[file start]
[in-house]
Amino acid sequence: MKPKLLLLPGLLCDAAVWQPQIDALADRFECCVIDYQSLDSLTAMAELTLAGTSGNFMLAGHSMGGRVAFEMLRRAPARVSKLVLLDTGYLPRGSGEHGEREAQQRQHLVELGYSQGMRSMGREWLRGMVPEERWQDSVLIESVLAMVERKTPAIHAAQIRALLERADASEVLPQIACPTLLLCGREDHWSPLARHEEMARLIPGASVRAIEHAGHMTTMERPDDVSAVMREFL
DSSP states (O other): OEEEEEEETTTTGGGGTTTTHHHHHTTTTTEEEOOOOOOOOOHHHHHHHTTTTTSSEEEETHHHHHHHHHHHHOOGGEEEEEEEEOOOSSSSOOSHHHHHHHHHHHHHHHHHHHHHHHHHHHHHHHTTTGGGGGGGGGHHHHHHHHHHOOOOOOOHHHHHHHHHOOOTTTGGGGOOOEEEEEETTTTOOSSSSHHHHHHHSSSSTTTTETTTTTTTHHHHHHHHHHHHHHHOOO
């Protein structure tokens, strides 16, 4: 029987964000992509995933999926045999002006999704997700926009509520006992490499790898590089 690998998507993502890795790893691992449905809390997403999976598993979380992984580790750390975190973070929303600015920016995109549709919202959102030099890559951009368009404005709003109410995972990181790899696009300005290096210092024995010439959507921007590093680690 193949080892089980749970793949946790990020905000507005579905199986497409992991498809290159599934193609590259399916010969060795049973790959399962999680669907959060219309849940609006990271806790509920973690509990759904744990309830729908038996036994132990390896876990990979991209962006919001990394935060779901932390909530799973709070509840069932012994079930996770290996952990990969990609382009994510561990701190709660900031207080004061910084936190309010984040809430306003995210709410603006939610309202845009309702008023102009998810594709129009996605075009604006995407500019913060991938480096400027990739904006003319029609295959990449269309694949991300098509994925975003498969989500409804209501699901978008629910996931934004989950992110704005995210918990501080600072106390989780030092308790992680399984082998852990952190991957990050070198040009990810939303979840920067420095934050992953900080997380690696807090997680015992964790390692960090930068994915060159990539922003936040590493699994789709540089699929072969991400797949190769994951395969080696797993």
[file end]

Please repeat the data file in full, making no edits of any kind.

[in-house]
Amino acid sequence: MKPKLLLLPGLLCDAAVWQPQIDALADRFECCVIDYQSLDSLTAMAELTLAGTSGNFMLAGHSMGGRVAFEMLRRAPARVSKLVLLDTGYLPRGSGEHGEREAQQRQHLVELGYSQGMRSMGREWLRGMVPEERWQDSVLIESVLAMVERKTPAIHAAQIRALLERADASEVLPQIACPTLLLCGREDHWSPLARHEEMARLIPGASVRAIEHAGHMTTMERPDDVSAVMREFL
DSSP states (O other): OEEEEEEETTTTGGGGTTTTHHHHHTTTTTEEEOOOOOOOOOHHHHHHHTTTTTSSEEEETHHHHHHHHHHHHOOGGEEEEEEEEOOOSSSSOOSHHHHHHHHHHHHHHHHHHHHHHHHHHHHHHHTTTGGGGGGGGGHHHHHHHHHHOOOOOOOHHHHHHHHHOOOTTTGGGGOOOEEEEEETTTTOOSSSSHHHHHHHSSSSTTTTETTTTTTTHHHHHHHHHHHHHHHOOO
């Protein structure tokens, strides 16, 4: 029987964000992509995933999926045999002006999704997700926009509520006992490499790898590089 690998998507993502890795790893691992449905809390997403999976598993979380992984580790750390975190973070929303600015920016995109549709919202959102030099890559951009368009404005709003109410995972990181790899696009300005290096210092024995010439959507921007590093680690 193949080892089980749970793949946790990020905000507005579905199986497409992991498809290159599934193609590259399916010969060795049973790959399962999680669907959060219309849940609006990271806790509920973690509990759904744990309830729908038996036994132990390896876990990979991209962006919001990394935060779901932390909530799973709070509840069932012994079930996770290996952990990969990609382009994510561990701190709660900031207080004061910084936190309010984040809430306003995210709410603006939610309202845009309702008023102009998810594709129009996605075009604006995407500019913060991938480096400027990739904006003319029609295959990449269309694949991300098509994925975003498969989500409804209501699901978008629910996931934004989950992110704005995210918990501080600072106390989780030092308790992680399984082998852990952190991957990050070198040009990810939303979840920067420095934050992953900080997380690696807090997680015992964790390692960090930068994915060159990539922003936040590493699994789709540089699929072969991400797949190769994951395969080696797993």